So for anyone who has been reading any of my stuff, you know that I believe we best serve our patients by using the information in good evidence and blending it with bedside assessment (ultrasound being an integral part of physical examination) and physiology to come up with the best therapeutic approach to the one patient we are treating. Contrast that to the blinded and naive belief that one protocol from one study is the best thing for all patients suffering from disease X.
So I am constantly looking for a way to fine tune resuscitation to the individual patient, given his/her particular cardiovascular function, volume tolerance (not just volume responsiveness), vasopressor tolerance (blue fingers probably mean blue livers and kidneys to some degree) and metabolic reactions.
One of my friends and mentors is Dr. Andre Denault. Absolutely incredible guy who is a complete triple threat of academia (internist/intensivist/anaesthetist massively published), experience and raw neuronal power. Throw in open-mindedness and humility (he actually once picked my brain about abdominal compartment syndrome pressure monitoring) and you have a lethal package. So after killing off the filed of intraoperative/critical care TEE (yes the leading textbook is his), he’s plunged into NIRS spectroscopy and is now dragging it from the OR to the ICU, and so in the last few years he’s put me on this trail with anecdotes and his (unpublished yet but coming) findings.
So a quick few words about NIRS (Near InfraRed Spectroscopy). The technology looks at hemoglobin saturation, and does so in a predominantly venous way. Hence this behaves similarly to a central or mixed venous gas, except at the local tissue level. A gross normal is >70% but this has to be interpreted in clinical context, along with the knowledge of simultaneous arterial saturation. Hence lower values (assuming normal arterial sats) will mean one of two things: increased demand or decreased supply. The demand issue is a clinical one. What we are looking for using this type of monitoring is decreased supply, e.g. cardiac output that is inadequate for current demands.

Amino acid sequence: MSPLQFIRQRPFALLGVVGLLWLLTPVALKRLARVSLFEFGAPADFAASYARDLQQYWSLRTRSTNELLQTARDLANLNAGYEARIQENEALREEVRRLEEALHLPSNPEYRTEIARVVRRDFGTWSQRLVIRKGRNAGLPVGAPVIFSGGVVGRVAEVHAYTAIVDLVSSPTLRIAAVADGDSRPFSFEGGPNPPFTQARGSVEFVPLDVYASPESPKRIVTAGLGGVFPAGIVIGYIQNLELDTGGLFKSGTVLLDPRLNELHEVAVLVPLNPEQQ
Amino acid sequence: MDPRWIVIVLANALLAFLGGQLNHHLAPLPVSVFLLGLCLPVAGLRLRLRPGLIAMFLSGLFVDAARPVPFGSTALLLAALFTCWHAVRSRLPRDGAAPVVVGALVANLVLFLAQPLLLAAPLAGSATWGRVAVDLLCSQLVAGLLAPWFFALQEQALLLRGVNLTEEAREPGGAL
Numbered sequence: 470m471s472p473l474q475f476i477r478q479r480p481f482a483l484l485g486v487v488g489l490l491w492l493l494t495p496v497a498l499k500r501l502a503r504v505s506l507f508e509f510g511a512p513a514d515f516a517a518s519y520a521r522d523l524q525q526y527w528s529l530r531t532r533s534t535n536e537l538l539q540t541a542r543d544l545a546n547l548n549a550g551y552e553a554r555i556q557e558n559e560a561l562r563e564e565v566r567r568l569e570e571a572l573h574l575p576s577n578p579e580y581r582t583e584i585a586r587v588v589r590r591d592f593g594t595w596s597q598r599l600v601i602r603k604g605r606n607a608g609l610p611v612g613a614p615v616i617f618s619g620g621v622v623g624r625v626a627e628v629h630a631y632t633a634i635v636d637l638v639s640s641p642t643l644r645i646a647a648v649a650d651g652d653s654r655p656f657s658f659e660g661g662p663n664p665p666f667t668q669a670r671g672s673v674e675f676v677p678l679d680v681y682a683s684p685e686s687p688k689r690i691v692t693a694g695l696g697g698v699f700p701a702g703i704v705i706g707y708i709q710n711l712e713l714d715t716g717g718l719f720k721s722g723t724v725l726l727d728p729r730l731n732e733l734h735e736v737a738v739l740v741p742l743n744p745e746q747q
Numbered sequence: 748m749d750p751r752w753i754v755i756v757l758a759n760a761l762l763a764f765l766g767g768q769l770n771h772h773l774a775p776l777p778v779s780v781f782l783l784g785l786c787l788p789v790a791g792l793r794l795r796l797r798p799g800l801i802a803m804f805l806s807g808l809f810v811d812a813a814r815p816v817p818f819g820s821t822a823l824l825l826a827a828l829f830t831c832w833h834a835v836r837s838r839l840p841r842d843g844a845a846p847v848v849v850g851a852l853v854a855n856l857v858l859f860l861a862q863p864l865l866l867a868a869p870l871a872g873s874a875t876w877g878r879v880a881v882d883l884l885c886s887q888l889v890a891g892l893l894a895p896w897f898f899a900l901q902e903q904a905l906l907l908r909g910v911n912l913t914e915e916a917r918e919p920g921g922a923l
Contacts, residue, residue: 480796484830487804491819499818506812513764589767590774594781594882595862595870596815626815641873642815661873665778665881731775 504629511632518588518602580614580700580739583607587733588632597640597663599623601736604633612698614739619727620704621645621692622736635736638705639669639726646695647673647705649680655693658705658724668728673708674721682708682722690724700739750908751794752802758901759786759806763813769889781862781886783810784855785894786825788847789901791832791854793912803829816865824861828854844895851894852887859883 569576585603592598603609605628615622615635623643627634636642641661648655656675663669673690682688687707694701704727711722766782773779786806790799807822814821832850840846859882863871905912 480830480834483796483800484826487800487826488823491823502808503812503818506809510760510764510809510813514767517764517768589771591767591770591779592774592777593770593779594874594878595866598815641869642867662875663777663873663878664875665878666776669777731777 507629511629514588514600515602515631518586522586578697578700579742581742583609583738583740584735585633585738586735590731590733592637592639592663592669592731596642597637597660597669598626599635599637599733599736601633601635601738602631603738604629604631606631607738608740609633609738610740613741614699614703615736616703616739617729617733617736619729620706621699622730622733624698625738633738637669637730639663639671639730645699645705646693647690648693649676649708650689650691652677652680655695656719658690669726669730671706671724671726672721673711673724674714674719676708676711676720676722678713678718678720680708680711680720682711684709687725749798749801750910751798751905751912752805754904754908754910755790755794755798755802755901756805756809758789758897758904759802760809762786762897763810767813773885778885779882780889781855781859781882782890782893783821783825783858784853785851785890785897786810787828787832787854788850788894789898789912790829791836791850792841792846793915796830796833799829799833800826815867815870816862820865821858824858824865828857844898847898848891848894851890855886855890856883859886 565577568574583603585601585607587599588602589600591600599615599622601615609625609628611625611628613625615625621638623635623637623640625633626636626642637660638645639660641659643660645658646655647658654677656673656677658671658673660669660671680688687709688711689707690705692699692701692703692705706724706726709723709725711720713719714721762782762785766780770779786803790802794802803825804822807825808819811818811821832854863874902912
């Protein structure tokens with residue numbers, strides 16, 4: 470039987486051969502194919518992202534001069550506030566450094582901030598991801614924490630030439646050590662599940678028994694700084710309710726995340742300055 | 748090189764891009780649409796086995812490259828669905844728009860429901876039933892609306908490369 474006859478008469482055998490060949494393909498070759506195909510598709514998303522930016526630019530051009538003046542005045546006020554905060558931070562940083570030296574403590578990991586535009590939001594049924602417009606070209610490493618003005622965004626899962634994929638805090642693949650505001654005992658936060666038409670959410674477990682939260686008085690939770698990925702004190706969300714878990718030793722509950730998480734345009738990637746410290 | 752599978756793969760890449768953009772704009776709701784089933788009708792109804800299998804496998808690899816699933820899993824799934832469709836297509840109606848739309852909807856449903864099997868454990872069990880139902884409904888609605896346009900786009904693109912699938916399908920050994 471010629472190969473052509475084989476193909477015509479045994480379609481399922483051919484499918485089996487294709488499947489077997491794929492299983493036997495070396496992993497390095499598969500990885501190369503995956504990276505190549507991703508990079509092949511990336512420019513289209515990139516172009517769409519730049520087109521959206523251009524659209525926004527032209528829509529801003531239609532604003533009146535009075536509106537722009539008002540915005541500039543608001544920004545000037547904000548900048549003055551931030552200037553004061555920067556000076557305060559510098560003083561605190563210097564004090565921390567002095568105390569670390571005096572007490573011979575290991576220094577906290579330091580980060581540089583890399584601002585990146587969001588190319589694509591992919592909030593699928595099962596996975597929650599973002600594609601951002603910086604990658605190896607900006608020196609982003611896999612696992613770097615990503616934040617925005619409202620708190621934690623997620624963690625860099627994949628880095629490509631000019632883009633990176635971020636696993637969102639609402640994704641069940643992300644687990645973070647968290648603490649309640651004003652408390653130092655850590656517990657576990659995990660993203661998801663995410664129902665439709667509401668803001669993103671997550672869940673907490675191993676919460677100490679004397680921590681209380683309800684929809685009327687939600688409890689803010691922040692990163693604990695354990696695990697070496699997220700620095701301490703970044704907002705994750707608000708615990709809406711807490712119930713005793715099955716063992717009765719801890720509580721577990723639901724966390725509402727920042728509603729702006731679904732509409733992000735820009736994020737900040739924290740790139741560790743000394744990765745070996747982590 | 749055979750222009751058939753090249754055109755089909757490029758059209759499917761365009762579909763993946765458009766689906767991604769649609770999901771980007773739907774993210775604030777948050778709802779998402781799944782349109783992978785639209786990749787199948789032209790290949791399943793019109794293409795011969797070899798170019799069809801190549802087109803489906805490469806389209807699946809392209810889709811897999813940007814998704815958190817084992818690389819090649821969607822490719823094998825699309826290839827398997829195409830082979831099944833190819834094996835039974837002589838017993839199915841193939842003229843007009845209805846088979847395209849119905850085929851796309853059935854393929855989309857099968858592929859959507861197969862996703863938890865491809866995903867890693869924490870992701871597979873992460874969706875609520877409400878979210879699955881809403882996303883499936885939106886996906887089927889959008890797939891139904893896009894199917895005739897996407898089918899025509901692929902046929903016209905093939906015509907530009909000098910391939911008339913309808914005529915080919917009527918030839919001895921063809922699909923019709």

The information gleaned from our discussions was enough to make me get some loaner time with some devices, and that was enough to have a few clinical cases pique my interest.
Here is one:
In the ICU at Scarborough General in Toronto, I admit a lady with urosepsis on a stone-obstructed hydronephrosis. We get urology to slip in a double J, but she is still very norepinephrine-dependant. She isn’t intubated, lactate about 5 and on high doses of norepi to maintain MAP 60-65. Extremities are cold and mottled and there is mottling up to the thighs. She is awake and communicating. Over the next hour or so lactate rises to 5.5. I’m not liking this.
I put on the NIRS monitor with a cerebral lead and one on the thigh. They both read in the 50’s, somewhat suboptimal.
Bedside US reveals a good sized IVC with little variation. She’s well filled. Her LVEF is 50-60%, her RV is dynamic and with a normal RV/LV ratio. The hydronephrosis is improved on the affected side.
So I have a patient who’s adequately preloaded, without obstructive or systolic failure, who is on very high doses of norepinephrine with a rising lactate, despite source control and antibiotics. However, she doesn’t “look” that bad aside from the cold and blueish extremities…
So I decrease the norepinephrine. Systolic BP drops to 80…but…cerebral NIRS and tissue NIRS rise…now in the high 50’s. Patient remains awake and communicating. Drop norepinephrine some more. Systolic 75. Cerebral NIRS 62%, tissue 61%. Systolic 70. Cerebral 59%, tissue 57%. Back up to 75%. NIRS back up. I finally settle on 75-80 systolic. NIRS settles in low 60’s. An hour later, lactate is 4, two hours later 2.5, then normalizes. Over that time span, the mottling gradually resolves and the urine output picks up. By the next morning she is off norepinephrine, and her BP sits around systolic 85-90 on its own. Turns out her usual BP is in the low 100’s.
I’m not sure how long – without the reassurance of improved tissue saturation – I would have been able to tolerate systolic BPs in the 70’s. Remember that lactate takes time to clear and urine takes time to make.
So this case reinforced my belief that not every patient’s needs are best met by an MAP of 65, and that targeting this may be harmful. It isn’t hard to imagine a scenario (which I may very well have pursued at a more junior stage) where further fluid resuscitation, coupled with insistence on a BP value may have resulted in iatrogenic fluid overload or Paul Marik’s “salt water drowning” (more commonly thought of as “ARDS”) and tissue ischemia/organ dysfunction (partly related to over-vasoconstriction) and who knows what outcome could have transpired… And very possibly, a bad outcome may have been blamed on severity of illness… Food for thought.
So one definitely possible use for NIRS is to find the “sweet spot” for the BP/vasopressor relationship.
More on NIRS in Part 2 in the next week or so.